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Design of novel multicomponent eutectic alloys using machine learning

EPSRC Funded DTP PhD Studentships: Specific Project Advert

Applications are invited for our EPSRC funded Doctoral Training Partnership (DTP) PhD studentship for the project “Design of novel multicomponent eutectic alloys using machine learning” starting 1st October 2021. Successful applicants will receive an annual stipend (bursary) of £17,609, including inner London weighting, plus payment of their full-time tuition fees for a period of 36 months (3 years).

The majority of studentships are available to applicants who are eligible for home (UK) tuition fees but a limited number are available to overseas and EU nationals who meet the academic entry criteria.

The Project

The successful applicants will join the internationally recognised researchers in the Brunel Centre for Advanced Solidification Technology (BCAST). This exciting research project is focused on the development of high-performance multicomponent eutectic alloys (eg. Al-, Mg-) with ultrafine composite microstructure and excellent mechanical properties superior to those of existing commercial alloys. A combination of machine learning (ML) and computational thermodynamics (Calphad) methods, in conjunction with experimental validation to refine the ML prediction will be used to discover new eutectic alloys from multicomponent systems consisting of five or more elements, to produce unique microstructures and desirable mechanical properties for potential engineering applications.

Please contact Professor Isaac Chang at Isaac.Chang@brunel.ac.uk to arrange an informal discussion about the project.

 

Eligibility

Skills and Experience

Applicants will be required to demonstrate their ability to use commercial computing software, together with good skillsets in computer programming, problem-solving and critical thinking, as well as a strong motivation to learn new topics. Experience in Machine Learning, Metallurgy and Materials Science is an advantage. You should be highly motivated, able to work in a team as well as independently and have good communication skills.

Academic Entry Criteria

You will have or be expected to receive a 1st class or 2:1 honours degree in a suitable engineering or science discipline, e.g. metallurgy, materials science, mechanical engineering, chemical engineering, manufacturing engineering or physics. A masters degree is not required but may be an advantage. If applicable, you should hold an English Language proficiency qualification of or equivalent to an overall score of IELTS 6.5 (minimum 6.0 in all sections).

How to apply

Please submit the documents below) to cedps-pgr-office@brunel.ac.uk by Noon on Friday 4 June 2021. Interviews will take place in June/July 2021.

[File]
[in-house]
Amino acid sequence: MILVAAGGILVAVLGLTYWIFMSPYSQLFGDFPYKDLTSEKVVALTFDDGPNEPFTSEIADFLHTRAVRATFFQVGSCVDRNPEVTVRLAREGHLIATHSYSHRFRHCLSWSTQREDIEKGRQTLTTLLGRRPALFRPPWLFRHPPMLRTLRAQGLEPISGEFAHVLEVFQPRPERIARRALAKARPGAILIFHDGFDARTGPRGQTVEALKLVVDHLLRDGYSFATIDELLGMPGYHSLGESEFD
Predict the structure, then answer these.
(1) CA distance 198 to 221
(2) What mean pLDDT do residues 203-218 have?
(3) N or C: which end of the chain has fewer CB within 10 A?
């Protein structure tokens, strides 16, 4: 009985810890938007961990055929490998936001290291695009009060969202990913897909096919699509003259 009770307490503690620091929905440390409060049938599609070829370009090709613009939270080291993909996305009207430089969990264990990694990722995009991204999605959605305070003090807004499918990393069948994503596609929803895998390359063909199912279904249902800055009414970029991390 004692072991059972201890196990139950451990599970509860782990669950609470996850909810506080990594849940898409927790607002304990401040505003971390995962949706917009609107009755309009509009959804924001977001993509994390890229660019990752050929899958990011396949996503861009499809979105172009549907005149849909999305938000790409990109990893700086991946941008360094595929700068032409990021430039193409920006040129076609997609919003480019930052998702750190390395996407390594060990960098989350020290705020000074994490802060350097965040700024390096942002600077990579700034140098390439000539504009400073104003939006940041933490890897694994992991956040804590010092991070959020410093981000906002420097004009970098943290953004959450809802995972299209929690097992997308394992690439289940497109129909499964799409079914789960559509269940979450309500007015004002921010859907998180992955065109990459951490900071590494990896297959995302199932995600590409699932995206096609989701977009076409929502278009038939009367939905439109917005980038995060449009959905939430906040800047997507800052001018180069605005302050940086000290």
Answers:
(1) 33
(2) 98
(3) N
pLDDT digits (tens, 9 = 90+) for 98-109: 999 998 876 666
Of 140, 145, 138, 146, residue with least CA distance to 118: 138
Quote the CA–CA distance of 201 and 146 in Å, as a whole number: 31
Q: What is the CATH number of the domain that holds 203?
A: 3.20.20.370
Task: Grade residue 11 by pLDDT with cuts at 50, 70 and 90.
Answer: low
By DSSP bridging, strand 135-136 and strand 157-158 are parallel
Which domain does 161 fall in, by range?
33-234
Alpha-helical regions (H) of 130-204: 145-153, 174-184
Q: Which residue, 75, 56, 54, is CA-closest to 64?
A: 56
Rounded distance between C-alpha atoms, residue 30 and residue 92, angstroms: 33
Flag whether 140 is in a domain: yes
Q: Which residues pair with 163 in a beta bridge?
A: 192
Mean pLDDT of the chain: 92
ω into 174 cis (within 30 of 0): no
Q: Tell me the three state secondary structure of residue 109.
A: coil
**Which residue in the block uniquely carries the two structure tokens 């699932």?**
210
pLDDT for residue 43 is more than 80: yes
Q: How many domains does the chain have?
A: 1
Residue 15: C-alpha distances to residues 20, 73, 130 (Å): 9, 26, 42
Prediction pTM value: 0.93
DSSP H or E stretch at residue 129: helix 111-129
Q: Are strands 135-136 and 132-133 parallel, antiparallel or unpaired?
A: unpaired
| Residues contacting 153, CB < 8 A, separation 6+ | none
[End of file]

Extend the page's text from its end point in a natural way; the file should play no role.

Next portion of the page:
• Your up-to-date CV;
  • Your 300 to 500 word personal statement summarising your background, skills and experience;
  • Your Undergraduate/Postgraduate Masters degree certificate(s) and transcript(s);
  • Your English language qualification, if applicable;
  • Contact details for TWO referees, one of which can be a member of Brunel University academic staff.

Remember to state the title of the project at the top of your personal statement.


Meet the Supervisor for this Studentship

Isaac Chang - Prof. Isaac Chang is the appointed Professor of Metallurgy & Materials and Head of LiME Training Centre. Prior to this, he was a Reader and Head of Education at School of Metallurgy and Materials, University of Birmingham. He received his DPhil in Materials Science from University of Oxford (1991) and BSc(Eng) in Materials & Metallurgy from Imperial College, London University. He specializes in the field of physical and powder metallurgy, as well as nanotechnology and ceramic science. His research is focussed on the understanding of the relationship between processing, microstructure and properties of materials for industrial applications in transport, energy, healthcare, defence and electronic sectors. He was the first to discover the solid solution with a face centred cubic (FCC) crystal structure in an equiatomic FeCrCoNiMn alloy (the so-called Cantor alloy) in 2004 together with Prof. Brian Cantor, which has contributed to a brand-new field of materials science known as ‘High Entropy Alloys’ or ‘Multiple Principle Element Alloys’. He holds 7 patents and has published over 121 research papers in scientific journals, book chapters and conference proceedings. He is a Fellow of Institute of Materials, Minerals and Mining (IOM3) and a member of the editorial board for Journal of Materials, Chemistry and Physics. His current research interest includes muticomponent lightweight alloys, high entropy alloys, metallic glasses, nanocomposites, graphene, high throughput material processing for rapid alloy discovery and synthetic biology for advanced materials development.